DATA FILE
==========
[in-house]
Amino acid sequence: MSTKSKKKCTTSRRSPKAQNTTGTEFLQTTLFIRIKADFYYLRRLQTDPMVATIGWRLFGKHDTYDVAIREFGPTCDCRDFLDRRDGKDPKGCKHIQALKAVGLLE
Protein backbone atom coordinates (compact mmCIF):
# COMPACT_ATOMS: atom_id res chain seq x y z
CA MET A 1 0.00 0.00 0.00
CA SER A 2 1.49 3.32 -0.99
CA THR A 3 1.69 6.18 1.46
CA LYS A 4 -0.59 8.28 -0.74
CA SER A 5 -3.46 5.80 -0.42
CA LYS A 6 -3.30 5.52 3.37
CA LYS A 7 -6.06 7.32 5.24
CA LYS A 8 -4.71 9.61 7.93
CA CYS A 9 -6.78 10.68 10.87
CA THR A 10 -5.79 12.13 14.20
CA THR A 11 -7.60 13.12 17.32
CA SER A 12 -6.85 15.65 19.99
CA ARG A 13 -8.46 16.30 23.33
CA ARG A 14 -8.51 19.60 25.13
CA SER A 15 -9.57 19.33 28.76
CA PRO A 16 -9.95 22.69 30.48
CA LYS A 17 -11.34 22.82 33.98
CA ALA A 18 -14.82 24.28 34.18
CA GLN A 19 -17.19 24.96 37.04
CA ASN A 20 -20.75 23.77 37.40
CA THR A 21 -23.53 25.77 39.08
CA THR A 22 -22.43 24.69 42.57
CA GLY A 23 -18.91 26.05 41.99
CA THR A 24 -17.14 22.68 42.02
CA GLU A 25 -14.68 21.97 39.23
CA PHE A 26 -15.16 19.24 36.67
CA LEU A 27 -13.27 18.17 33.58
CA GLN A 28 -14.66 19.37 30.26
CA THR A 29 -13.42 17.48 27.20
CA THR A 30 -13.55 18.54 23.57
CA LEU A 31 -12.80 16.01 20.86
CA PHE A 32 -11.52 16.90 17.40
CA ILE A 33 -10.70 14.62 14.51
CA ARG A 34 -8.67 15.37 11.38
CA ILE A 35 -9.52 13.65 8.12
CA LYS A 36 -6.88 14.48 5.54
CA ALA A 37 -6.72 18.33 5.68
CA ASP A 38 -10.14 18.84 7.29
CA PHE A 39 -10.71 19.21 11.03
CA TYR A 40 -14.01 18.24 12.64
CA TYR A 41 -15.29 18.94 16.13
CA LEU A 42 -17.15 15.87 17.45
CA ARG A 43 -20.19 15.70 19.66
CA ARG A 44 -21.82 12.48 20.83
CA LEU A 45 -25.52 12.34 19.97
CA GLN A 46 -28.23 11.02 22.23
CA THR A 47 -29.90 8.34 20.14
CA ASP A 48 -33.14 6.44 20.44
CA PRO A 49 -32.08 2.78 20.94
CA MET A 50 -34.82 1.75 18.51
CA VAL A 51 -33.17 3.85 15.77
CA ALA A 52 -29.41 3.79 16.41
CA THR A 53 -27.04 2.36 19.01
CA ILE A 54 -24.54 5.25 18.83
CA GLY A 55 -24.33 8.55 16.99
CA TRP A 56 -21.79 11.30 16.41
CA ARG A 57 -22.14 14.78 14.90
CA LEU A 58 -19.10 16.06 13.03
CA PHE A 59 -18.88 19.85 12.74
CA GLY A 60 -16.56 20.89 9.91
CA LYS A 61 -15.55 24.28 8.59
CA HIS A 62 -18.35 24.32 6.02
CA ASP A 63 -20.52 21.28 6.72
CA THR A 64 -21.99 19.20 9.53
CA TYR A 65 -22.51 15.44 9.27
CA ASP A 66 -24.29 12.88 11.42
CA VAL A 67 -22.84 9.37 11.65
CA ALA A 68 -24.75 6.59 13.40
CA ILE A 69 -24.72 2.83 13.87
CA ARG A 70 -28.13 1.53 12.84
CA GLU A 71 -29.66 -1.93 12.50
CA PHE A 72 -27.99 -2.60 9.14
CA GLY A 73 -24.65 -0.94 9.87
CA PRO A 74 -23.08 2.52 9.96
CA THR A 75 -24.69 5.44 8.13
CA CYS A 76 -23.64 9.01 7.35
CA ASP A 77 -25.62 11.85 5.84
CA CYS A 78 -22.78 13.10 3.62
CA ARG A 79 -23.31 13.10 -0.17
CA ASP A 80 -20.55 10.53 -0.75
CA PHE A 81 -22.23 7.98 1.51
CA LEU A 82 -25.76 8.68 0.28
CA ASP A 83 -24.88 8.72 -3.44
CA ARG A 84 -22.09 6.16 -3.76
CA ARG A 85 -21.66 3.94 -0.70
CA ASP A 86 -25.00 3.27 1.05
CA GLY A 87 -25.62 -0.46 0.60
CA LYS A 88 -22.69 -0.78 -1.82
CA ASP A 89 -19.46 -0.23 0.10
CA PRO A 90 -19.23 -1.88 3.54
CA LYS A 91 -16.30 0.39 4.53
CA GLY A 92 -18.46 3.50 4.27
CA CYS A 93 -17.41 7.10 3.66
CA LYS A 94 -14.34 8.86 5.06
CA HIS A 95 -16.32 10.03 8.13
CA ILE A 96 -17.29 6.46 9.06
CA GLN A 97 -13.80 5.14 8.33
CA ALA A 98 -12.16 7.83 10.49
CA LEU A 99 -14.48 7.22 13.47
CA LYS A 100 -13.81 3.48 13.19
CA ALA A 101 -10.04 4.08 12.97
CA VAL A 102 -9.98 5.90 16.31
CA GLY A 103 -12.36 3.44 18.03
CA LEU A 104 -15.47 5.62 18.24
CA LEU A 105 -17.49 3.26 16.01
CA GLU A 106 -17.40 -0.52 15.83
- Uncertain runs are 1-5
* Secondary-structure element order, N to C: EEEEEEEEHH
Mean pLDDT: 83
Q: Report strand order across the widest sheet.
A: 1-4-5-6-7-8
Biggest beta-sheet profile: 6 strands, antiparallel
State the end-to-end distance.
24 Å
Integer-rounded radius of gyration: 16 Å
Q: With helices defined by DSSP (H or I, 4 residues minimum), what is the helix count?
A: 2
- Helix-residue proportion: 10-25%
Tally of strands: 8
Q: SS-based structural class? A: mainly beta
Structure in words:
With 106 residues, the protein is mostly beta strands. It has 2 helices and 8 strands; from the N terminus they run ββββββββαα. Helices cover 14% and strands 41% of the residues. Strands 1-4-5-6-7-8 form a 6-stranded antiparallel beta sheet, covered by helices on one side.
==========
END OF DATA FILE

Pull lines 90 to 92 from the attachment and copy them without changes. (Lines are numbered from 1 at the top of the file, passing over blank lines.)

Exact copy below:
CA ASP A 86 -25.00 3.27 1.05
CA GLY A 87 -25.62 -0.46 0.60
CA LYS A 88 -22.69 -0.78 -1.82